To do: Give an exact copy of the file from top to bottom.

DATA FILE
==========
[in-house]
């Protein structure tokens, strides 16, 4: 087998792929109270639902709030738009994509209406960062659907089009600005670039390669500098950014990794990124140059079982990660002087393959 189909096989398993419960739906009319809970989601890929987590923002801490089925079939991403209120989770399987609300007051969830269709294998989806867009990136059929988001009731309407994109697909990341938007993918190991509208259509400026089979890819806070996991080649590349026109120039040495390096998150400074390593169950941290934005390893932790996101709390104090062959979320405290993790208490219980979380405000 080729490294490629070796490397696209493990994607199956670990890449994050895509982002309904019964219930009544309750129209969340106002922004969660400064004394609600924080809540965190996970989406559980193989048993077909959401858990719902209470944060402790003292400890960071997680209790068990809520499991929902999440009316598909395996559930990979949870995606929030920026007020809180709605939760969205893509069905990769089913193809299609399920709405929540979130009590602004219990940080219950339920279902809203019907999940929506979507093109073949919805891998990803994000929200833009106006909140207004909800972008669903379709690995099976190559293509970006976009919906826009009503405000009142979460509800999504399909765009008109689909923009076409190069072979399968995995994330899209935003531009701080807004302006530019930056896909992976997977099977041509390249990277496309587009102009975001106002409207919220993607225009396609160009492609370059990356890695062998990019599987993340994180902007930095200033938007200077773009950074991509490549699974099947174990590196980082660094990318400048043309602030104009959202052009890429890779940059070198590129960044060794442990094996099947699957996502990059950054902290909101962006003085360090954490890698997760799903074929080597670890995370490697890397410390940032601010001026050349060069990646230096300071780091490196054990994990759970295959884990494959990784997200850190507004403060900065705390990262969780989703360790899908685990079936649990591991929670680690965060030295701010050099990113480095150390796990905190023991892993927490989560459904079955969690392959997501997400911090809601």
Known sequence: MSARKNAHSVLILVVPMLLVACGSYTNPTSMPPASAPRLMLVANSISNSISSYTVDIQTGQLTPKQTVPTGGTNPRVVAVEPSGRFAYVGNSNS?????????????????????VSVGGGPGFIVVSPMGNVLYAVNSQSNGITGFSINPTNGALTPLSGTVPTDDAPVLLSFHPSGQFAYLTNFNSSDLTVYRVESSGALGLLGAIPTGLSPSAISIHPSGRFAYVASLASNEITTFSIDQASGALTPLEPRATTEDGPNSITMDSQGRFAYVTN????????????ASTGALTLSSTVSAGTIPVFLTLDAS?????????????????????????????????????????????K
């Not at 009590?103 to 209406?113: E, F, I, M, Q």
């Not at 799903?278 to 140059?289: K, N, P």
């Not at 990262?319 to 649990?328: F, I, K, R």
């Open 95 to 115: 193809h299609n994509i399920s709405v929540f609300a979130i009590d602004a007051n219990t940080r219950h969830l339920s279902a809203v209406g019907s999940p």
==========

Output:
[in-house]
């Protein structure tokens, strides 16, 4: 087998792929109270639902709030738009994509209406960062659907089009600005670039390669500098950014990794990124140059079982990660002087393959 189909096989398993419960739906009319809970989601890929987590923002801490089925079939991403209120989770399987609300007051969830269709294998989806867009990136059929988001009731309407994109697909990341938007993918190991509208259509400026089979890819806070996991080649590349026109120039040495390096998150400074390593169950941290934005390893932790996101709390104090062959979320405290993790208490219980979380405000 080729490294490629070796490397696209493990994607199956670990890449994050895509982002309904019964219930009544309750129209969340106002922004969660400064004394609600924080809540965190996970989406559980193989048993077909959401858990719902209470944060402790003292400890960071997680209790068990809520499991929902999440009316598909395996559930990979949870995606929030920026007020809180709605939760969205893509069905990769089913193809299609399920709405929540979130009590602004219990940080219950339920279902809203019907999940929506979507093109073949919805891998990803994000929200833009106006909140207004909800972008669903379709690995099976190559293509970006976009919906826009009503405000009142979460509800999504399909765009008109689909923009076409190069072979399968995995994330899209935003531009701080807004302006530019930056896909992976997977099977041509390249990277496309587009102009975001106002409207919220993607225009396609160009492609370059990356890695062998990019599987993340994180902007930095200033938007200077773009950074991509490549699974099947174990590196980082660094990318400048043309602030104009959202052009890429890779940059070198590129960044060794442990094996099947699957996502990059950054902290909101962006003085360090954490890698997760799903074929080597670890995370490697890397410390940032601010001026050349060069990646230096300071780091490196054990994990759970295959884990494959990784997200850190507004403060900065705390990262969780989703360790899908685990079936649990591991929670680690965060030295701010050099990113480095150390796990905190023991892993927490989560459904079955969690392959997501997400911090809601």
Known sequence: MSARKNAHSVLILVVPMLLVACGSYTNPTSMPPASAPRLMLVANSISNSISSYTVDIQTGQLTPKQTVPTGGTNPRVVAVEPSGRFAYVGNSNS?????????????????????VSVGGGPGFIVVSPMGNVLYAVNSQSNGITGFSINPTNGALTPLSGTVPTDDAPVLLSFHPSGQFAYLTNFNSSDLTVYRVESSGALGLLGAIPTGLSPSAISIHPSGRFAYVASLASNEITTFSIDQASGALTPLEPRATTEDGPNSITMDSQGRFAYVTN????????????ASTGALTLSSTVSAGTIPVFLTLDAS?????????????????????????????????????????????K
């Not at 009590?103 to 209406?113: E, F, I, M, Q």
């Not at 799903?278 to 140059?289: K, N, P």
């Not at 990262?319 to 649990?328: F, I, K, R």
């Open 95 to 115: 193809h299609n994509i399920s709405v929540f609300a979130i009590d602004a007051n219990t940080r219950h969830l339920s279902a809203v209406g019907s999940p």